Some people prefer to be directly involved in the delivery of the business’s product or service, but for those who open a franchise on top of working a full-time job, this isn’t an option. Think about how much work you would personally be willing to put in.
Examine your skillset
Think about the things you’re good at, what skills you’ve acquired in your previous professional experience, and what you’re comfortable with. Are you comfortable with sales and cold calling? Do you like interacting with customers? Can you manage people? Do you like being out in the field working with clients and customers instead?
While you may have the relevant skills, you don’t have to be an expert in your field right away. Franchising allows you to reinvent yourself and go into a completely different industry, leaving the functional expertise to the franchisor.
Decide what type of company you want to be part of
Do you want to join the franchise system of an established company with a proven business model, or would you be willing to be one of the first franchisees of a company? The upside of the latter is you would have more power to negotiate. New franchisors can often be more flexible with contract terms with the first few franchisees as well as more generous with territory sizes. On the downside, however, the franchisor may not yet have been able to secure volume discounts on the types of supplies needed to operate the business.
Research the Franchise’s Business Model
Unlike with an established franchise, a new franchise’s business model may not yet be fine-tuned. You don’t want to invest in a business model that you don’t understand or will make it harder for you to succeed. Make sure you take the time to fully learn the business model of a company before you consider becoming a franchisee.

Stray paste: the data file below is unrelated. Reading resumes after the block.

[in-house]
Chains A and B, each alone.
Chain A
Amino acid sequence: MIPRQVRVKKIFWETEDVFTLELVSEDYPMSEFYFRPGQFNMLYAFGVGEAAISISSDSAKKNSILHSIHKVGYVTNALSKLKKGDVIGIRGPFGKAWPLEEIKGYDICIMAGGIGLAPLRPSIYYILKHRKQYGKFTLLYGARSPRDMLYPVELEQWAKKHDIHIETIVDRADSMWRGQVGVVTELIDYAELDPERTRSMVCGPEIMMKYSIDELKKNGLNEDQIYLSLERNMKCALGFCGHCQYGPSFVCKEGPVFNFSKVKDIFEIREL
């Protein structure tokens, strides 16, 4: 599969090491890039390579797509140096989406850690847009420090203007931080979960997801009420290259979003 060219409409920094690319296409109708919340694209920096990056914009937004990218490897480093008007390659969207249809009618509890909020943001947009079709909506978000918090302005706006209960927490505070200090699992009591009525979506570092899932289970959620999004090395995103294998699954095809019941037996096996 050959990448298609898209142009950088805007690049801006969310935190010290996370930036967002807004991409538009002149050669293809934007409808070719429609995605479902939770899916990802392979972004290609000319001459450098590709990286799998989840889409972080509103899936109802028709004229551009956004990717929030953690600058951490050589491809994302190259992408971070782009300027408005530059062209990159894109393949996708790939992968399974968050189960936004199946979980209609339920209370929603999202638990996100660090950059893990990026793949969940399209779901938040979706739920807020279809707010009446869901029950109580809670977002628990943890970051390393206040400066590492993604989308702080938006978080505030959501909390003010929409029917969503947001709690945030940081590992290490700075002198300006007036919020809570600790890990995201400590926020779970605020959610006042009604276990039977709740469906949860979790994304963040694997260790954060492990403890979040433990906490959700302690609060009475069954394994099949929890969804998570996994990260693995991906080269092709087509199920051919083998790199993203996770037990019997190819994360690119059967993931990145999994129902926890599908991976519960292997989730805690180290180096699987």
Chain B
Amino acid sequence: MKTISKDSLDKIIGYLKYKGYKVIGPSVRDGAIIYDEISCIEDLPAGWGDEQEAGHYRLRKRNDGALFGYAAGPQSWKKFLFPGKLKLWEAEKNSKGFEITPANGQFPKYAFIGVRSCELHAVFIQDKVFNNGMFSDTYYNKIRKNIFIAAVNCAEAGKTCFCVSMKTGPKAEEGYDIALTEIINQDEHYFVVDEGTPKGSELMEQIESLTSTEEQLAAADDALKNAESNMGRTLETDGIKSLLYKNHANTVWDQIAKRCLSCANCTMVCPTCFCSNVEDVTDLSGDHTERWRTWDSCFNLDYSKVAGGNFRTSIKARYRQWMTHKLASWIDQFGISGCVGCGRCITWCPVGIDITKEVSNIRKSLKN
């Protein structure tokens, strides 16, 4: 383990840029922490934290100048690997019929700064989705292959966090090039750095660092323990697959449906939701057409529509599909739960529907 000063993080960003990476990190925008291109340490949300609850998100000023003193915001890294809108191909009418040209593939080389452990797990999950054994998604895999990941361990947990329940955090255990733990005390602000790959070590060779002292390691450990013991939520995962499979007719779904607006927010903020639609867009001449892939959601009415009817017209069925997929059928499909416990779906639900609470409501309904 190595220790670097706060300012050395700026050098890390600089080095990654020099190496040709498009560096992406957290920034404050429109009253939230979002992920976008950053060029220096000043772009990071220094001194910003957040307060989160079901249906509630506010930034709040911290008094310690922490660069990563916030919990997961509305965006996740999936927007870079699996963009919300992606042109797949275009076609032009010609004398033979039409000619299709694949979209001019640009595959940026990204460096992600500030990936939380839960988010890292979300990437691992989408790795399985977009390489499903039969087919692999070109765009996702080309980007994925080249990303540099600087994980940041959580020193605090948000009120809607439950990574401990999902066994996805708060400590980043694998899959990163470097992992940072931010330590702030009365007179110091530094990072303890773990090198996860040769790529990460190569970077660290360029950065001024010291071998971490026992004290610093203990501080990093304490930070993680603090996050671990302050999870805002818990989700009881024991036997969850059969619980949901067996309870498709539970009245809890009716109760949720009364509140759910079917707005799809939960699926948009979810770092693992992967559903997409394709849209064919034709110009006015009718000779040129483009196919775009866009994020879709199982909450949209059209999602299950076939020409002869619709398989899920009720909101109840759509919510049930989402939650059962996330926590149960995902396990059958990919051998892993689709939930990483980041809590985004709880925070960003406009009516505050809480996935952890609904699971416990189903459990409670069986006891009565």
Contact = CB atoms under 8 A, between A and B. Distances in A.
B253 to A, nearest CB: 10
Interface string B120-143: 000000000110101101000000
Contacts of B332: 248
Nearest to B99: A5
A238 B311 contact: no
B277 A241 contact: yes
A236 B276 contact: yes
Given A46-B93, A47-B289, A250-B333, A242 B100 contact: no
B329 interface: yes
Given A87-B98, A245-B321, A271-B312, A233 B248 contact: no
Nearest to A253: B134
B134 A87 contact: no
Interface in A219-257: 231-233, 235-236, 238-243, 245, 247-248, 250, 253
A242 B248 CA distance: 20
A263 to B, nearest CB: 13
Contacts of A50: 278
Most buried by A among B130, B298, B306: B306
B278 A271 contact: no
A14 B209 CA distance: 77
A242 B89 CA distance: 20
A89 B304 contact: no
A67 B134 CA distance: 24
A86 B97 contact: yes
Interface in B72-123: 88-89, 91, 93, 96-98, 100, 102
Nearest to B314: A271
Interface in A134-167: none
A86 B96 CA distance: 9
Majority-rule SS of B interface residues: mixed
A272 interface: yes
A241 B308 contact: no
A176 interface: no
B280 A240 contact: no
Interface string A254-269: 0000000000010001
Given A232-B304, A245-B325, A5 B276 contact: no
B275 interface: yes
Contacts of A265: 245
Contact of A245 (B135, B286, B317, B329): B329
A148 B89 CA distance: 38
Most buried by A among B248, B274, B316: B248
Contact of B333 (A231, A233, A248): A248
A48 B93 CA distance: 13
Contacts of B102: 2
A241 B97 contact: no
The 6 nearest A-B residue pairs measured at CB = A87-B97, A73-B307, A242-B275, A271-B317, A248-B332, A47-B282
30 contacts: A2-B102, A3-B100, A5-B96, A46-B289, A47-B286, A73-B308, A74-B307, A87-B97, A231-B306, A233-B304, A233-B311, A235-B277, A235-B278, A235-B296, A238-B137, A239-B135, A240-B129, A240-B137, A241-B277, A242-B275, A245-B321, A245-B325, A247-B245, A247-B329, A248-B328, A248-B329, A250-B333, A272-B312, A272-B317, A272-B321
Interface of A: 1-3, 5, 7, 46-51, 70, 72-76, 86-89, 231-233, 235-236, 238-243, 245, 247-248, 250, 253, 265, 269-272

Do your due diligence – review the disclosure document
By purchasing a franchise, you will be entering into a legal agreement, so protect yourself by making sure that new franchisors have done everything correctly and have all their papers in order. One way of doing this is by reviewing a company’s disclosure document. This is a document provided by a franchisor when they are approached by a potential franchisee and both like each other. It contains key information about the franchise such as the history of the franchisor, the annual turnover that a franchisee can expect, the investments required, and the franchisee’s obligations. You will need to study this closely, and be prepared to devote a significant amount of time to doing so.
Hopefully this article helps to make the choice of which franchise to invest in somewhat more straightforward.
If you are interested in joining the best moving company in Scotland, and becoming a Moving Home Made Easy franchisee, you can learn more here.